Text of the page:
Jizo: religious temple ornaments

When you walk into temples, you may find a lot of Jizo (guardian deities of children) in the grounds.  Have you ever noticed? What are these peculiar statues and why were they constructed?

The real name of Jizo is “Jizo Bosatsu,” who is an important figure in Buddhism. In Sanskrit, Jizo is called Ksitigarbha (ksiti=the earth, garbha=womb). Ksitigarbha was translated into Japanese using its literal meaning, Jizo (Ji = earth, zo=womb).
As the earth houses the power to birth all life, so too can Jizo wrap those in suffering and heal them with its infinite compassion. In Japanese folklore the Jizo has been worshipped as a traveler’s guardian, as well as a deity that protects children. For that reason, offerings to the Jizo are typically children’s snacks.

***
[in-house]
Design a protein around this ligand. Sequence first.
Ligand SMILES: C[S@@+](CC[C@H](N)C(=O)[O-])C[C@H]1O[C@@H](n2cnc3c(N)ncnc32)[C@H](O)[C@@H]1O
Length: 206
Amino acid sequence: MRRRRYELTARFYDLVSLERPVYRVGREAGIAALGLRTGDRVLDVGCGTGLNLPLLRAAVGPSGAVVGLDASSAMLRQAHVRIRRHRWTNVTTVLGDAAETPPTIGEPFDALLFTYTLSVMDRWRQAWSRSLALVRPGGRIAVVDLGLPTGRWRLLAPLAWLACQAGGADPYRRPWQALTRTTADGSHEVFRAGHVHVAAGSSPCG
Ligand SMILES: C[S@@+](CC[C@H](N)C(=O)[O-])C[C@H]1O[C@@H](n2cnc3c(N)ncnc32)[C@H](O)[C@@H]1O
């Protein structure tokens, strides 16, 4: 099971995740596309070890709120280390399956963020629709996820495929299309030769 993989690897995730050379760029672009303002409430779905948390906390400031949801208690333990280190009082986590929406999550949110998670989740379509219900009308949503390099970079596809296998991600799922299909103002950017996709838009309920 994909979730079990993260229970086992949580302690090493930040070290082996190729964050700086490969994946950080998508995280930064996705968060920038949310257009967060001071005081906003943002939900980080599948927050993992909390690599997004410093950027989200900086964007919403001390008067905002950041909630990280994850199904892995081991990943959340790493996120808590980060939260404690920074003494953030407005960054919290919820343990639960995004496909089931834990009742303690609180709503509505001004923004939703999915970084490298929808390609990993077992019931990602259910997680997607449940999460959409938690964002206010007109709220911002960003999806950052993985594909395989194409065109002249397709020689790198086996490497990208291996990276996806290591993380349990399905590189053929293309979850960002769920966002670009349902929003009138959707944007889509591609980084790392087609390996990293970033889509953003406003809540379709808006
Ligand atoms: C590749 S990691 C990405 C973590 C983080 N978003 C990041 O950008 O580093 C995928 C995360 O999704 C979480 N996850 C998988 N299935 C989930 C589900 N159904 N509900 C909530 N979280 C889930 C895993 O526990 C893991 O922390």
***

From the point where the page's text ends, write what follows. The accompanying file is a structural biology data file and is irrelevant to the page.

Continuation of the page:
The Jizo is referred to fondly as “o-Jizo-san” or “o-Jizo-sama.”



In Buddhism, it is said the coming of the next messiah will not occur for 5.6 billion years. In the absence of the next savior, the Jizo helps ease the world’s human suffering.

Jizo statues are constructed at accident sites or in memoriam of a lost child or fetus. This is because the Jizo is said to protect the weak. In particular deceased children require mercy from the Jizo because they are unable to build positive karma in their lifetimes, and rather, cause great suffering for their parents. This is why the Jizo is said to offer protection and salvation to deceased children.

In addition, the Buddhist belief has been combined with folklore, and the Jizo is sometimes seen along roads bordering towns and villages, constructed as a guardian. Here is a map showing Jizo spots in Tokyo.

Here is a map showing Jizo spots in Tokyo, click the following URL.
Why don’t you make a quick stopover during your next walk?

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